Visited the new water ambulance…It is well thought out and has been expensively equipped, but the beds are too close together and I am sure there will be much difficulty in nursing seriously ill or wounded men. I think the beds will have to be reduced or the smaller bed substituted for those at present supplied.
It is worth the price of the book alone just to view some super pictures of Acting Matron Read in her uniforms, most of which demonstrate her wearing the red cuffs of that title. Group photos also depict the uniforms of other QAs, as well as Royal Army Medical Corps doctors and orderlies as well as Sisters of the Territorial Force Nursing Service (TFNS). Other RAMC photos worth mentioning are of them carrying patients on stretchers over the gangplank and onto the deck and transferring them below stairs and onto their beds.
Something I have never seen before in my research over the years and which delighted me in reading Ambulance Flotilla was seeing a QA walking the central gangway, a nerve wracking journey, which joined each barges and allowed staff access to the other wards, stores, etc. Acting Matron Read makes it look effortless!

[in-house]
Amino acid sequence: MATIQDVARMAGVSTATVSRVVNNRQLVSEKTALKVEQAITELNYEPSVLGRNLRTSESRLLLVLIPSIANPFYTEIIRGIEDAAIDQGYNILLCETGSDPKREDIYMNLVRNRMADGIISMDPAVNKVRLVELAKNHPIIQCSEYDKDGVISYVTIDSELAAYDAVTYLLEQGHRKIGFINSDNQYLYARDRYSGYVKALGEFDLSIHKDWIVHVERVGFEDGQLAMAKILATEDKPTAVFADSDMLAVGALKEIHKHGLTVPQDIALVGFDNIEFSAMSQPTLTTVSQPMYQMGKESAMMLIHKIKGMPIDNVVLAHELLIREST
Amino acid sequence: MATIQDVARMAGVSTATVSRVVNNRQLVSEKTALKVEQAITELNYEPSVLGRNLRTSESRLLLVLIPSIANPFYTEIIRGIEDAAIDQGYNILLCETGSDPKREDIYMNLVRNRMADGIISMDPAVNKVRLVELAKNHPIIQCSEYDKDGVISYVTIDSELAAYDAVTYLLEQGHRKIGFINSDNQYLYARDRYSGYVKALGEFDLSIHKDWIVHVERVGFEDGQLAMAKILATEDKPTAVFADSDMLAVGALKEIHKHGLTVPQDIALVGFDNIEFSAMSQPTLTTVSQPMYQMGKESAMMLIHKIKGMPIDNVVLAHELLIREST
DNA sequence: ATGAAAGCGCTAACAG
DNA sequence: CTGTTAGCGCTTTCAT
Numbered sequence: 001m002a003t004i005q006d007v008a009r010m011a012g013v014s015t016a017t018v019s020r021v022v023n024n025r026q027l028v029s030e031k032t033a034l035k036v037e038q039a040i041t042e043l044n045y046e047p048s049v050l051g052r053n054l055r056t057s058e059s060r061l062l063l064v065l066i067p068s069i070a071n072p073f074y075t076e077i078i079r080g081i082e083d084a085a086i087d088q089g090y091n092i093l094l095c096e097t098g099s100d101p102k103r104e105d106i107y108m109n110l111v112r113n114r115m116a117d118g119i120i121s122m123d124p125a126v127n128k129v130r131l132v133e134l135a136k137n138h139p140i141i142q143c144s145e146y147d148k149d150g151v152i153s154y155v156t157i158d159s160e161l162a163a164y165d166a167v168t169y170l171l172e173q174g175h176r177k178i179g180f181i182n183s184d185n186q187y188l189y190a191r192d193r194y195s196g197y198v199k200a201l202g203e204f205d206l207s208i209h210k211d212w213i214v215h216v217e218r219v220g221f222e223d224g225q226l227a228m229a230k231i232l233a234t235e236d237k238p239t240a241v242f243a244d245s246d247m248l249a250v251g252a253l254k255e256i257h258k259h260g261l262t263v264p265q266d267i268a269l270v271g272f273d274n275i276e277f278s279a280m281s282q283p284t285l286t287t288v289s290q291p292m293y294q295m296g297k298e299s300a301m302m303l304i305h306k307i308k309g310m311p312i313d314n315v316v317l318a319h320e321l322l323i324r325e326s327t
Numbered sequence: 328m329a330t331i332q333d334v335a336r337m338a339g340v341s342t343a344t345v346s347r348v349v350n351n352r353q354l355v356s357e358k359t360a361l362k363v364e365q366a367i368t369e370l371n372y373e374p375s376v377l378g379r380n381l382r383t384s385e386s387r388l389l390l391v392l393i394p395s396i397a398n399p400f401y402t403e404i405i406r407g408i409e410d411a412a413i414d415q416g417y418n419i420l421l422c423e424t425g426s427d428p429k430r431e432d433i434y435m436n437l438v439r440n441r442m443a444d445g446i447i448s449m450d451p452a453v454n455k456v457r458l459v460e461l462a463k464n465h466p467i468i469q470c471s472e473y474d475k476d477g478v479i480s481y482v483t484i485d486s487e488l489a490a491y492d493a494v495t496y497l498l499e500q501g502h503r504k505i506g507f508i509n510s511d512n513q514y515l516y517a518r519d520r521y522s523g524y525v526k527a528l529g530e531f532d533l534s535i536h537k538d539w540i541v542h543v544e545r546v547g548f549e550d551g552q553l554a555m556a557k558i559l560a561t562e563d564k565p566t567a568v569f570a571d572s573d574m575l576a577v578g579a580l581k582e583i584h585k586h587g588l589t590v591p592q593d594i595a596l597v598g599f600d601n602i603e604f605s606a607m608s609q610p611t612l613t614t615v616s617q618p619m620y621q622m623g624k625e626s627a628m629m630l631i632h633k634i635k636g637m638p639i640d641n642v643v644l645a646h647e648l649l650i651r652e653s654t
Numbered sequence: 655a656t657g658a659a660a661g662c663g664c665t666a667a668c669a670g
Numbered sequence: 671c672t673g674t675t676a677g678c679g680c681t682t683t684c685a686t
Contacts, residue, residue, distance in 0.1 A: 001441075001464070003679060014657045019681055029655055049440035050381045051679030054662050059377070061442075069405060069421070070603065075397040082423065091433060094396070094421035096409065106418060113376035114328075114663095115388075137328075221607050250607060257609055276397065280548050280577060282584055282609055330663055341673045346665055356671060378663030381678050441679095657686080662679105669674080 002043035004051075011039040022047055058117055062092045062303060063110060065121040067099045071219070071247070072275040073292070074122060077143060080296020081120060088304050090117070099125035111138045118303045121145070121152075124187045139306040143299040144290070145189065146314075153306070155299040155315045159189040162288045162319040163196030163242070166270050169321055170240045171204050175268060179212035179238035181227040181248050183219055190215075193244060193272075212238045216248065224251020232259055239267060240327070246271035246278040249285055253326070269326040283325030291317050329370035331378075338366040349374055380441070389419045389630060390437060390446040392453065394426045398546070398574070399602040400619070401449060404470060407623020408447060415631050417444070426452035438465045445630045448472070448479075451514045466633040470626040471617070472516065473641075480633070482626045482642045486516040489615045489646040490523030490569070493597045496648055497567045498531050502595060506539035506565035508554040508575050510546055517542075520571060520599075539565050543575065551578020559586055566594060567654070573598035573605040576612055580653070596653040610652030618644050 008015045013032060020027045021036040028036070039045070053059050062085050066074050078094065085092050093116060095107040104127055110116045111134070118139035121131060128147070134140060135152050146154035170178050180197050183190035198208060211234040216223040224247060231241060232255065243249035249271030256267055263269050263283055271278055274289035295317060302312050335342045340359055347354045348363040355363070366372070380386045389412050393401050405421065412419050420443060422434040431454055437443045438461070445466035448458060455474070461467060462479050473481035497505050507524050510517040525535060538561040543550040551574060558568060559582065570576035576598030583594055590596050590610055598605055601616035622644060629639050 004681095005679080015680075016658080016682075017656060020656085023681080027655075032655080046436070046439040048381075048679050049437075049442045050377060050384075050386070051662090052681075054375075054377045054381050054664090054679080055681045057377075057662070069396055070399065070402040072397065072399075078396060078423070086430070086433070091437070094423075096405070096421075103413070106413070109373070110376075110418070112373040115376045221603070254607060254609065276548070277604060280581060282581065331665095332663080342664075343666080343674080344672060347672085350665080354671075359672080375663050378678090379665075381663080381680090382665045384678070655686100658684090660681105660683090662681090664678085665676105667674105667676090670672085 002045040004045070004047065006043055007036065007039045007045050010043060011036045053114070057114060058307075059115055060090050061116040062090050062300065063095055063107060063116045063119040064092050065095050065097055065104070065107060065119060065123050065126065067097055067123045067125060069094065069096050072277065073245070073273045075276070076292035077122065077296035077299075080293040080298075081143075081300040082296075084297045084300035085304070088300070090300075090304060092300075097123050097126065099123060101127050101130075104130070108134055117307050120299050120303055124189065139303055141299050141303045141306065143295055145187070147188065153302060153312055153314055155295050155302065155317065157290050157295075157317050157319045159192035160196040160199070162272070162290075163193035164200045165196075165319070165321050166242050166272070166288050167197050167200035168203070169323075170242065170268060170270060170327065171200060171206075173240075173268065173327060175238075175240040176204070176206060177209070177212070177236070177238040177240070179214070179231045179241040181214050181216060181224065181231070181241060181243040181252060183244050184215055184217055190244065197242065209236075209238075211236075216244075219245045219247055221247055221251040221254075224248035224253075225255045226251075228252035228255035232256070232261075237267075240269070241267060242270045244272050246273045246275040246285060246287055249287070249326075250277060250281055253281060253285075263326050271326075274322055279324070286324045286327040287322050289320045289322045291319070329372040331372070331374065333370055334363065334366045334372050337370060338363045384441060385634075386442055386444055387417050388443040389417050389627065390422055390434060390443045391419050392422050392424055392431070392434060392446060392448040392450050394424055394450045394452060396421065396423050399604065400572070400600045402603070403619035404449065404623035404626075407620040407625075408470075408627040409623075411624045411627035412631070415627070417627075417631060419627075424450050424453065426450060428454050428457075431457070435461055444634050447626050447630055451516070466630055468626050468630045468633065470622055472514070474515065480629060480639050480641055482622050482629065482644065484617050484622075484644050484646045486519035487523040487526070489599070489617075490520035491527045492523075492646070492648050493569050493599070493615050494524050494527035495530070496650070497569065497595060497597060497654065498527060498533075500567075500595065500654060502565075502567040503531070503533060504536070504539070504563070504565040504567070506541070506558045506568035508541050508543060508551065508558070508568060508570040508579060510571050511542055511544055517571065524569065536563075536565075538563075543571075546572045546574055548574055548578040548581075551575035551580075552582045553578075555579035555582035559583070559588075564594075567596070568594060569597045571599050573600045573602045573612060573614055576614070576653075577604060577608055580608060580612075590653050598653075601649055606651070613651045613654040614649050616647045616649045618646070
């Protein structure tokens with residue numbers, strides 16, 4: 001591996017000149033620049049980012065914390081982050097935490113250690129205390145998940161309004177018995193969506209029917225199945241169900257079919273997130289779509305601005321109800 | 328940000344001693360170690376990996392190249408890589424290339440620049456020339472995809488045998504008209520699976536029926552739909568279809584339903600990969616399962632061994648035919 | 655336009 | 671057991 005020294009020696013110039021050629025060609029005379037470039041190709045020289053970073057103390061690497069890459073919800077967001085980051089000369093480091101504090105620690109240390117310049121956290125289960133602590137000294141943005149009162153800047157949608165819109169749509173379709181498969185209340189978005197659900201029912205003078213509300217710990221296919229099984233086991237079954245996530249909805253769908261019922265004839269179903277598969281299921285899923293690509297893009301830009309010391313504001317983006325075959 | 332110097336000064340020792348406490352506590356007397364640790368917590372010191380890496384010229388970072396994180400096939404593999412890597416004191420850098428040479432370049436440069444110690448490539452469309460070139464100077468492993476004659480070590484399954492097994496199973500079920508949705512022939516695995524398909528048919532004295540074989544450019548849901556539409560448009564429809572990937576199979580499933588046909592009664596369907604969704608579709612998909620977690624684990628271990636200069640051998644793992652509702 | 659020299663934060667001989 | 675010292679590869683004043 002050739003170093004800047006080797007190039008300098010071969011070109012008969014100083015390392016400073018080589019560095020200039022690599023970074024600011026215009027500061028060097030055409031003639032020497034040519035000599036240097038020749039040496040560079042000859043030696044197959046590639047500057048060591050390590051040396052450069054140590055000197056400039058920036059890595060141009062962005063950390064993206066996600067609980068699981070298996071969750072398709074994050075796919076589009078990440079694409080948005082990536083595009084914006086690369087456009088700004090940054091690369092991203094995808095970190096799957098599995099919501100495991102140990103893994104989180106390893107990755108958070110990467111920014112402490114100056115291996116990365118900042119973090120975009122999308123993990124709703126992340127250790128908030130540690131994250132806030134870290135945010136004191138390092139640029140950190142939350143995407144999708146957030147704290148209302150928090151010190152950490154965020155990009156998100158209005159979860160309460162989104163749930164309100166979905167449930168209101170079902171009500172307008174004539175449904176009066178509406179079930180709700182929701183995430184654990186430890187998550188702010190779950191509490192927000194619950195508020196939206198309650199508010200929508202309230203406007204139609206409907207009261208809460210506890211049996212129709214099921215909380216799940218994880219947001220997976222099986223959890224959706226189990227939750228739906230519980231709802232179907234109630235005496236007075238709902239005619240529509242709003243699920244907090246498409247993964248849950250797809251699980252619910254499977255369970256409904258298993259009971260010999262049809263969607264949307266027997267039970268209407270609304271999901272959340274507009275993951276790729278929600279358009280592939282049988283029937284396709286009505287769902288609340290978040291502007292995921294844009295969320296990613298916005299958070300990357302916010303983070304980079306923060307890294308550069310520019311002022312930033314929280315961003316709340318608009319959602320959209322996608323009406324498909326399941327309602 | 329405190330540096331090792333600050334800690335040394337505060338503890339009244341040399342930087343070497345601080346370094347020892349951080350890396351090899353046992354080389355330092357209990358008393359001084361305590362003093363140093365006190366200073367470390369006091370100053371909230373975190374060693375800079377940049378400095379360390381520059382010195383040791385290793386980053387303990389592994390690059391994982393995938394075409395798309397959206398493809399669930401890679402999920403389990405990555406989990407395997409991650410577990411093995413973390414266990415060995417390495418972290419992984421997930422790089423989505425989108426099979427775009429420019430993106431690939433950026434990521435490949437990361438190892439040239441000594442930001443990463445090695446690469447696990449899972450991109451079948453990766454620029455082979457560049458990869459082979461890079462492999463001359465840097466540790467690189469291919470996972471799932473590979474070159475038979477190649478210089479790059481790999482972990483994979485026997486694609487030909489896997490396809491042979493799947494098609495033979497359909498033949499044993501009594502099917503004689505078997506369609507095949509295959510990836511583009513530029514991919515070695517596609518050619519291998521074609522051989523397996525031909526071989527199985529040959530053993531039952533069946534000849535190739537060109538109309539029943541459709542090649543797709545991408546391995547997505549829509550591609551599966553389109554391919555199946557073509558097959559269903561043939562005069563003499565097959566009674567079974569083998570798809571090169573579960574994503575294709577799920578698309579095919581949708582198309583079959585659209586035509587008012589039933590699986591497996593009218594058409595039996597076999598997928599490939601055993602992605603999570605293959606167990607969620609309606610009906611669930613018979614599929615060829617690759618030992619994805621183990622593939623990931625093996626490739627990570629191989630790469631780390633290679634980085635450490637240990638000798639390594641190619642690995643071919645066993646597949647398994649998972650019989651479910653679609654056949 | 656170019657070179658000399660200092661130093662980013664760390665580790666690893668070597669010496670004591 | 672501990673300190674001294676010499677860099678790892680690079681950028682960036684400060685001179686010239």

There was time in these long journeys for staff and patients to take in the French countryside. For the patients this was usually confined to being helped onto deck. Most had head or chest injuries and were transported by this means to help reduce further injury. But for the QAs this could often mean a rare outing and a chance to unwind. Here's an extract from Kate's letter home describing a picnic:
…we all walked along a hot dusty road to Lillebonne (about 5 miles) carried our lunch and bought drink when we got there. You should have seen some of us walking through the village street carrying syphon in one hand and a bottle of white wine in the other! We had our lunch amongst the remains of an old Roman theatre.
The book shows a delightful group of QAs dressed in their capes, veils and long grey dresses in the overgrown field. Other recreational photos whilst wearing the Grey and Scarlet uniforms include taking afternoon tea. More extracts from the letter home describes the night sisters getting potatoes from locals.